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Girls' drug use up - survey

Girls' drug use up - survey

Substance abuse among female 'street kids' has doubled in the last twelve months according to a survey released this week by the NGO Friends/Mith Samlanh.

The snapshot survey of young people living in the streets and 'community children',

who live at home but work in the streets, was carried out by sweeping Phnom Penh

in a single day to catch the highly mobile street population.

Friends' Coordinator Sebastien Marot said more research was needed to understand

why use among girls was increasing.

"We're not sure, it could be because their boyfriends have been [using drugs]

for three years now and it's starting to move across," he said.

The survey found that substance abuse continued to rise with 51.9 percent of street

kids using one or more substances, up from 46.6 percent in 2000 and 37.3 percent

in 1999.

Boys still use drugs in the highest numbers but girls accounted for most of the increase

in the last twelve months, up from 10.3 percent to 21.4 percent.

Glue remained the most abused drug but among older street kids the use of amphetamines,

including Thailand's 'crazy drug' yaba, was alarmingly high, tripling over the survey

period.

In the 19 to 21-year-old age group 42 percent of boys and 16 percent of girls had

used amphetamines and users were starting at a younger age, some as young as nine

years of age.

"The time to do something is now, because if we wait three years it's too late,"

said Marot, emphasizing that use among "middle class kids who can afford it"

was an urgent priority that is not being tackled.

Dr Sandro Calvani, the Regional Representative of the United Nations Office of Drug

Control and Crime Prevention (UNODCCP), said that Cambodia looked like a copy of

Thailand 20 years ago. An ominous warning in light of the uncontrolled growth in

the popularity of recreational drugs in that country.

"In Thailand in 1996 yaba did not exist but the growth in this drug is vertical.

Now there are 800 million pills [on the market per year] and 3 to 4 million young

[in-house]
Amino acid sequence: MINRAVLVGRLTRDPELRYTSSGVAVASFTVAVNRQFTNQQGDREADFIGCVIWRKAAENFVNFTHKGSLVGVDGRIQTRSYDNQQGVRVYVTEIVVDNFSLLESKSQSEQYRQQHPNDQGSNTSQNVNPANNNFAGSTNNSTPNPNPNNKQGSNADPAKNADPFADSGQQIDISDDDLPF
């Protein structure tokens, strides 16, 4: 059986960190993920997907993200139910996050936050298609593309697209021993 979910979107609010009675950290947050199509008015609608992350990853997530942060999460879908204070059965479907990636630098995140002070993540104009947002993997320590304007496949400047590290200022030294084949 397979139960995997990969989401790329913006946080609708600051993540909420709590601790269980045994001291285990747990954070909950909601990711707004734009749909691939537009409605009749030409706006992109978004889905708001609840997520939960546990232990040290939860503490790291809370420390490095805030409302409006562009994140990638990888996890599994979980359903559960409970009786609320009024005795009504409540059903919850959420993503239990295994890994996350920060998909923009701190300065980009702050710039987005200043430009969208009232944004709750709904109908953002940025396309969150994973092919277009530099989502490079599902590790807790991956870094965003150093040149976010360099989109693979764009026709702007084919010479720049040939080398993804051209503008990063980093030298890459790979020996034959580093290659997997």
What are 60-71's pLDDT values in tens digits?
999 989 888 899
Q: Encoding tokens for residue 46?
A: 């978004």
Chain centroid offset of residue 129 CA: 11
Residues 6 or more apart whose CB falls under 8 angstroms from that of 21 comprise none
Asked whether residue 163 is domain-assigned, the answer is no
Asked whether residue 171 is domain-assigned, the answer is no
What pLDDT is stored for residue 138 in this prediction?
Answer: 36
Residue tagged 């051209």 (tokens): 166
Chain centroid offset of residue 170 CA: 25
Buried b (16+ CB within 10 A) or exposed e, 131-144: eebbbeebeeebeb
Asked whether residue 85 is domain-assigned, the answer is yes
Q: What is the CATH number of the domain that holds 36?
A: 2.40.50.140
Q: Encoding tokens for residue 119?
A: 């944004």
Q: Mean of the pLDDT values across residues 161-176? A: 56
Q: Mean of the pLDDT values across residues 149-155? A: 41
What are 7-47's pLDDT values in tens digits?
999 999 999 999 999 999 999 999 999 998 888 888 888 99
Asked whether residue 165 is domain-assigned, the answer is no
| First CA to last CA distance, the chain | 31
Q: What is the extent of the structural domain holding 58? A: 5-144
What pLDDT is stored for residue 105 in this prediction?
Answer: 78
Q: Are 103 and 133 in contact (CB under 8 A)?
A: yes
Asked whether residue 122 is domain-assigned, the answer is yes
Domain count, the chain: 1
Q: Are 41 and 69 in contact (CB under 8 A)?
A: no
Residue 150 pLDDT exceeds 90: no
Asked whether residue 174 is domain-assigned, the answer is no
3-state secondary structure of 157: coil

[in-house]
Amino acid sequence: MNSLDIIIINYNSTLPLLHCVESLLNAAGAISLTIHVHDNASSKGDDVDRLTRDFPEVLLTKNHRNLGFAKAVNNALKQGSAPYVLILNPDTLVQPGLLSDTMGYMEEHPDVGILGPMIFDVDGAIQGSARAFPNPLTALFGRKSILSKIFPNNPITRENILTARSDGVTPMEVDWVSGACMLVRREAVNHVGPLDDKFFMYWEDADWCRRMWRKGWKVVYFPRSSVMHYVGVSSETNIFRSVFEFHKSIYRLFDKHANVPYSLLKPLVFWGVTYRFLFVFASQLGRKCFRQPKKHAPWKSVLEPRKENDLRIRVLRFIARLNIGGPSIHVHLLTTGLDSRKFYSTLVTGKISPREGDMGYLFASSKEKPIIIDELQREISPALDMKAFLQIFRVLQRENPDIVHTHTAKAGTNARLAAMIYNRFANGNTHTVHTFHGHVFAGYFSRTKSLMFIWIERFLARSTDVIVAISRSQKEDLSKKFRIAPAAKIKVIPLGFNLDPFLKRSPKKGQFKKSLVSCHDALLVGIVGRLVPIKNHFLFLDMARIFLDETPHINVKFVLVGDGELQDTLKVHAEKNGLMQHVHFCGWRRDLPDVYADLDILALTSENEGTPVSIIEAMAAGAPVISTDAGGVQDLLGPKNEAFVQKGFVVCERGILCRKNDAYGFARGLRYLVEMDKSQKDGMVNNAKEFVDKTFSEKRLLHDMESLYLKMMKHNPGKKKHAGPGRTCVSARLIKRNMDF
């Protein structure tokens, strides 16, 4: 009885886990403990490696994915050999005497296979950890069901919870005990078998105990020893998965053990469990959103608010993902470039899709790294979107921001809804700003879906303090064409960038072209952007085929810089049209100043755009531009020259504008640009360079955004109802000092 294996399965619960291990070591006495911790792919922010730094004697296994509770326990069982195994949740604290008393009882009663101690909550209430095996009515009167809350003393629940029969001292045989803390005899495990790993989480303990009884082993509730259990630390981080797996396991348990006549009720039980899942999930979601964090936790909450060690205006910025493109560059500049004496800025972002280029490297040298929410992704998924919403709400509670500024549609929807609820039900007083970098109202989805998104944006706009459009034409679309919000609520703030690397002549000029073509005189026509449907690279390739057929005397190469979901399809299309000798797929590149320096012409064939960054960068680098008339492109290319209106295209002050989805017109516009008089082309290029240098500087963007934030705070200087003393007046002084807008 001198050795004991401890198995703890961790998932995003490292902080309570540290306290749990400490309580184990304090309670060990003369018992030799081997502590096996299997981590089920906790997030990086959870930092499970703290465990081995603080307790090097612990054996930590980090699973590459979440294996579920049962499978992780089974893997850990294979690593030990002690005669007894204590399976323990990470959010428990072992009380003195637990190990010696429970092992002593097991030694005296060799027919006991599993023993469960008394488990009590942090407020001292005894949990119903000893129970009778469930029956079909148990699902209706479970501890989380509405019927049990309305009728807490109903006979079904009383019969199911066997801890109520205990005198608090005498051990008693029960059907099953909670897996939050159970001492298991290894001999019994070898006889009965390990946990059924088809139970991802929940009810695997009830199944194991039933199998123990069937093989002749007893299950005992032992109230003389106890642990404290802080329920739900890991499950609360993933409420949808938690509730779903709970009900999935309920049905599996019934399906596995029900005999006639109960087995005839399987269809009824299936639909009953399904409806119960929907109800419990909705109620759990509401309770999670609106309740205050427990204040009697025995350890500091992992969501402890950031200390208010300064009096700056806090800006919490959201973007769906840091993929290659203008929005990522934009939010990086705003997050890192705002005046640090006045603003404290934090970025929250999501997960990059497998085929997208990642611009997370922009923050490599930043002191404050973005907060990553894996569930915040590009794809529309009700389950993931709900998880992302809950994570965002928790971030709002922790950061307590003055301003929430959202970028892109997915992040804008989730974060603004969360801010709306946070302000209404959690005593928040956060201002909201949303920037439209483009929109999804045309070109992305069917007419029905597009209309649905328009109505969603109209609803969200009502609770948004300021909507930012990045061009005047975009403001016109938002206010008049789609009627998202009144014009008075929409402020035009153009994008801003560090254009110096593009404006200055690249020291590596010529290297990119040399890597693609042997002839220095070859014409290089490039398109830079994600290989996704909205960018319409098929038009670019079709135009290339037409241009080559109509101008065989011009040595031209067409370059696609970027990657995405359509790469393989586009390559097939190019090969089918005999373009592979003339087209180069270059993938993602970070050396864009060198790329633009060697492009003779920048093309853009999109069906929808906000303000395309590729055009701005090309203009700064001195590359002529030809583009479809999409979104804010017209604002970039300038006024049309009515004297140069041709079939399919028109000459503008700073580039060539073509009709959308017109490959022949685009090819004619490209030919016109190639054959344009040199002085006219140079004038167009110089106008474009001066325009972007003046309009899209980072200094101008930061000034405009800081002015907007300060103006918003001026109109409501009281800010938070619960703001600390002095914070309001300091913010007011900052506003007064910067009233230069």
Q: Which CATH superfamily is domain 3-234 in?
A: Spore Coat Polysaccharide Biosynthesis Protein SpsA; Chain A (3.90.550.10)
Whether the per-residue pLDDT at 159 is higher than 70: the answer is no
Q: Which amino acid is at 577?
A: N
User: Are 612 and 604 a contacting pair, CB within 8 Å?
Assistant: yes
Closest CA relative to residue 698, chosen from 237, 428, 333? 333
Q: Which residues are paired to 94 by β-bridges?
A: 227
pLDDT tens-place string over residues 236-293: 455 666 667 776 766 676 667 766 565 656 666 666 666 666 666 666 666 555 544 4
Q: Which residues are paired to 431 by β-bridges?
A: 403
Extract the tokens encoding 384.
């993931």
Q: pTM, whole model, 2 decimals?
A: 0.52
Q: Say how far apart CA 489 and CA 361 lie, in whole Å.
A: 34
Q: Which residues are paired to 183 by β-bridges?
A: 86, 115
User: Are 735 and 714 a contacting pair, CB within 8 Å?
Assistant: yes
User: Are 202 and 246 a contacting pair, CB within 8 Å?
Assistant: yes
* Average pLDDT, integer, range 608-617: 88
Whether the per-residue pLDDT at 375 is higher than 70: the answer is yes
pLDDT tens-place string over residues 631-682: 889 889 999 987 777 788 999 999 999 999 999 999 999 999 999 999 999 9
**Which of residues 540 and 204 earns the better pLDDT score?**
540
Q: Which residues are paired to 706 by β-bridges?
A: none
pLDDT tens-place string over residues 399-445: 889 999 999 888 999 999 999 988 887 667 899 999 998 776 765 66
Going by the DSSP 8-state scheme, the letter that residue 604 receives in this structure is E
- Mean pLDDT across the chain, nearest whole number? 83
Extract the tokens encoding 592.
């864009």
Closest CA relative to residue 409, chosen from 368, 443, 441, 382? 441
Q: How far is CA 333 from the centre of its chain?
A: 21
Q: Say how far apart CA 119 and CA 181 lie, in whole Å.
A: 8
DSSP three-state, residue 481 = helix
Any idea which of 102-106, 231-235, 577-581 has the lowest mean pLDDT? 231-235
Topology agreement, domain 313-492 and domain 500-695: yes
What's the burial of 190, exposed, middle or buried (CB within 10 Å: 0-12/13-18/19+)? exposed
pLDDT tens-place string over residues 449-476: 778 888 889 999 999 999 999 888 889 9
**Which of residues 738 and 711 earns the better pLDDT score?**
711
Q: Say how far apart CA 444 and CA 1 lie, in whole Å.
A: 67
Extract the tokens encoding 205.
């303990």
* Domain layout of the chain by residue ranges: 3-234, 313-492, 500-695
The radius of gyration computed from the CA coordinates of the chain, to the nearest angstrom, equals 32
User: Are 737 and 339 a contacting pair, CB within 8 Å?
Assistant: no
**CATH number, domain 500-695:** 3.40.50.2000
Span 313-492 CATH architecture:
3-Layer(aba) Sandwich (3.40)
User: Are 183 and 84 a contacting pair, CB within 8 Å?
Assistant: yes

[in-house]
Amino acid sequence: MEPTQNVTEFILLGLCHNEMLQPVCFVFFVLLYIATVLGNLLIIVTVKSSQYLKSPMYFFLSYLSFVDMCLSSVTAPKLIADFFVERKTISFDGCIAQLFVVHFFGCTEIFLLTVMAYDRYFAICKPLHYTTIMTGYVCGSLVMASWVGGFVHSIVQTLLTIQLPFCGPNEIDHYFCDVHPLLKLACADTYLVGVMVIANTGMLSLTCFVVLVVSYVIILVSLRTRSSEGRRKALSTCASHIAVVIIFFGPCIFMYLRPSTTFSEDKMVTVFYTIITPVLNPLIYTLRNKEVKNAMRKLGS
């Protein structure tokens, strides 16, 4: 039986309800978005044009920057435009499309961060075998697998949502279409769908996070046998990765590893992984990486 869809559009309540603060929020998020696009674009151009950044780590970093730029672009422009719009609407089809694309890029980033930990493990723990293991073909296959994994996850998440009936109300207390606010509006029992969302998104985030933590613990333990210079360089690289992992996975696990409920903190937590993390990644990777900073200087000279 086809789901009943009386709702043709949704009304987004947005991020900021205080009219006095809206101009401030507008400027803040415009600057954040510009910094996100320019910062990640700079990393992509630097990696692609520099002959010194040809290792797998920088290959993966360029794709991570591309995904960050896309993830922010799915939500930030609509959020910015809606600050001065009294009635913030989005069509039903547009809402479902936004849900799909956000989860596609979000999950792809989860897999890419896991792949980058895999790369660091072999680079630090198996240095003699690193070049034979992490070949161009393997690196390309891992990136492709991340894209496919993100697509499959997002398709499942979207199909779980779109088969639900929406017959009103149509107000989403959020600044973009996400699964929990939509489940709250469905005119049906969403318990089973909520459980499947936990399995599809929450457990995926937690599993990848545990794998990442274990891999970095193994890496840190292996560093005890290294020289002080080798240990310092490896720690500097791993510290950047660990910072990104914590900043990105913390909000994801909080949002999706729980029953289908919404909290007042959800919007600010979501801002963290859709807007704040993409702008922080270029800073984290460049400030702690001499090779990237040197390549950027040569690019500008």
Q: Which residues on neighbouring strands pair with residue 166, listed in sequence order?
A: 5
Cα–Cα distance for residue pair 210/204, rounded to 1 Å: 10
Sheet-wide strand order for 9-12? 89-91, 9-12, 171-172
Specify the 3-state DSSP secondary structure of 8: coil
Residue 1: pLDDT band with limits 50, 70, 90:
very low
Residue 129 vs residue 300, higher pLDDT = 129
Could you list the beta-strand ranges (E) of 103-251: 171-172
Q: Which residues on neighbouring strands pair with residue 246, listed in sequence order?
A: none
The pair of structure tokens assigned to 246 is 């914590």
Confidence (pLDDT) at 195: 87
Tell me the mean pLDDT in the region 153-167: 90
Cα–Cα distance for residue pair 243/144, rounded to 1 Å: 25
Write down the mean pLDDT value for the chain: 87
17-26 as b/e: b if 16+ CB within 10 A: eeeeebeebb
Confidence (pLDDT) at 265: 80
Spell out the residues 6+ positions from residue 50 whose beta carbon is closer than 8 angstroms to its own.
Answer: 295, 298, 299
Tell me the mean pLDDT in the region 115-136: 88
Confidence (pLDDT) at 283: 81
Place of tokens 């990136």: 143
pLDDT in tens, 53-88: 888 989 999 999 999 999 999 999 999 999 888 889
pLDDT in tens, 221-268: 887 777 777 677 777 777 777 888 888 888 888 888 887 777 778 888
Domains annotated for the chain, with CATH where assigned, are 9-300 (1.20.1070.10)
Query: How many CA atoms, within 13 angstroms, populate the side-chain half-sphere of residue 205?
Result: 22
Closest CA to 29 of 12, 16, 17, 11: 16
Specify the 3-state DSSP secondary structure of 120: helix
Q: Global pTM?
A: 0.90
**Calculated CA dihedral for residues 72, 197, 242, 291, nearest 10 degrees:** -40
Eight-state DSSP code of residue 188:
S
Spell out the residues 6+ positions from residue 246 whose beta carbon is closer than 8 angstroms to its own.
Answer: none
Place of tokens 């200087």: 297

people addicted," he said.

The drug's appeal was strong, but it also caused irreversible dementia, he said.

"We must succeed [in eradicating yaba] because if we give up we lose a generation,"

he said.

Yaba is cheap to produce at around 5 US cents per pill and very profitable, selling

on Phnom Penh streets for around 30 times that amount. While traditionally yaba has

been imported from Thailand it is increasingly being produced in Cambodia itself

according to Calvani.

The UNODCCP is awaiting funding for a program to assist the government and NGOs to

combat drug use among street kids in Cambodia.

"If society, families, the Prime Minister and the UN are committed there is

a way out," Calvani said.

The survey data appeared to support the importance of family in reducing drug use,

with much lower and decreasing use of amphetamines among children who lived at home.

Calvani was in Phnom Penh to meet Prime Minister Hun Sen and discuss ways to combat

the growth of organized crime in the region and Cambodia.

Criminal syndicates had been "testing out" new routes along the Mekong

River bringing drugs from the golden triangle through Laos to Stung Treng and then

on to Phnom Penh and Sihanoukville.

"It's a very open highway," he said of the Mekong.

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